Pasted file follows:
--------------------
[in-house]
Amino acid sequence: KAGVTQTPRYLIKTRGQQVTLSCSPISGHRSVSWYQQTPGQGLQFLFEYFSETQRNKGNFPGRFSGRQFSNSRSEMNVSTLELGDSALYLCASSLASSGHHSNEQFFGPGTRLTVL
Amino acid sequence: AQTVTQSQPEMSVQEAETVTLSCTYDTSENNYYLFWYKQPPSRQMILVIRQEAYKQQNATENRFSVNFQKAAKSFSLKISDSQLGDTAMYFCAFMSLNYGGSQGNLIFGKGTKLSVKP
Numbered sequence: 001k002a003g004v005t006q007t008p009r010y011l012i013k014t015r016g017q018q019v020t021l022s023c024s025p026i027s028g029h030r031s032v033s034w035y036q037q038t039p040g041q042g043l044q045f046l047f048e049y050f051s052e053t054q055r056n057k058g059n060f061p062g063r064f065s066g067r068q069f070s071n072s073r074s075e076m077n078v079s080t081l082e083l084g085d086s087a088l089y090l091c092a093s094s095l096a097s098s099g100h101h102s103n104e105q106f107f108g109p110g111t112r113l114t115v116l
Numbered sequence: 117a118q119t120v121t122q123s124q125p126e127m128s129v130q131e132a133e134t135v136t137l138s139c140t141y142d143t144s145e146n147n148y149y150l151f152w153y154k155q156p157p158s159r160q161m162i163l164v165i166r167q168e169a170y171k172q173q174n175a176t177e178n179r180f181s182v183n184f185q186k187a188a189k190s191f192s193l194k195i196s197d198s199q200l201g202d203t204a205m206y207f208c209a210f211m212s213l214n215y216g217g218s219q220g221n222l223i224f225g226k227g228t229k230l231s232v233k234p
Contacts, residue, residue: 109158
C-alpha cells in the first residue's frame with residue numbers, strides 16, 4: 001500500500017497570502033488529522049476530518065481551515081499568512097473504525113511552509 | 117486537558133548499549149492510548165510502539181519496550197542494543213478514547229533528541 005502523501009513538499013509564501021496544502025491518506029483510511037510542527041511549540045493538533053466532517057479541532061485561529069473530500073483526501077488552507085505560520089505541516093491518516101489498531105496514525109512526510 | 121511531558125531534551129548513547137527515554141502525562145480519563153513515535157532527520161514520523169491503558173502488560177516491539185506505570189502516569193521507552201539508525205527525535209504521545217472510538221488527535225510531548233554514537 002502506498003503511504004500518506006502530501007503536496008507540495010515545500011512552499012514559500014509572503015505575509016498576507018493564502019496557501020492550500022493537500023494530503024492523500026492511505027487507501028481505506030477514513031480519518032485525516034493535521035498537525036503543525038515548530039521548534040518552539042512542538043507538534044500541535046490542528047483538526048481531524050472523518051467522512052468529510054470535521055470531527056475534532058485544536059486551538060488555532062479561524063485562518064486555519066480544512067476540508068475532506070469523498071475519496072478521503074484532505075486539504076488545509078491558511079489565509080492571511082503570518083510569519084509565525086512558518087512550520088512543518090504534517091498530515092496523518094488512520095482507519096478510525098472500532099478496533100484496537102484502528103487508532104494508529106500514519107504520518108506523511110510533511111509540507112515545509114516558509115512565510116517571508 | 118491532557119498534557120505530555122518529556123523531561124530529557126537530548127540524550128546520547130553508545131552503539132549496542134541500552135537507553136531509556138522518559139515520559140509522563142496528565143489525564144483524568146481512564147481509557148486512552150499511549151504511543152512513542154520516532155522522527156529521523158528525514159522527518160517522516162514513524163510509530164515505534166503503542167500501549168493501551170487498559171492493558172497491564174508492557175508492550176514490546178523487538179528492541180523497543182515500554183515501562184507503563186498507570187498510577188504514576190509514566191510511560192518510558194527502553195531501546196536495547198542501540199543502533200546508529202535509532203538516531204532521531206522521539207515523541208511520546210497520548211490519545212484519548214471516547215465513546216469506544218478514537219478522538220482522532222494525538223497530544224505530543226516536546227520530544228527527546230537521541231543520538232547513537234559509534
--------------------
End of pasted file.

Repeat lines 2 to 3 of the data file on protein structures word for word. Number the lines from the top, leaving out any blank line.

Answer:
Amino acid sequence: KAGVTQTPRYLIKTRGQQVTLSCSPISGHRSVSWYQQTPGQGLQFLFEYFSETQRNKGNFPGRFSGRQFSNSRSEMNVSTLELGDSALYLCASSLASSGHHSNEQFFGPGTRLTVL
Amino acid sequence: AQTVTQSQPEMSVQEAETVTLSCTYDTSENNYYLFWYKQPPSRQMILVIRQEAYKQQNATENRFSVNFQKAAKSFSLKISDSQLGDTAMYFCAFMSLNYGGSQGNLIFGKGTKLSVKP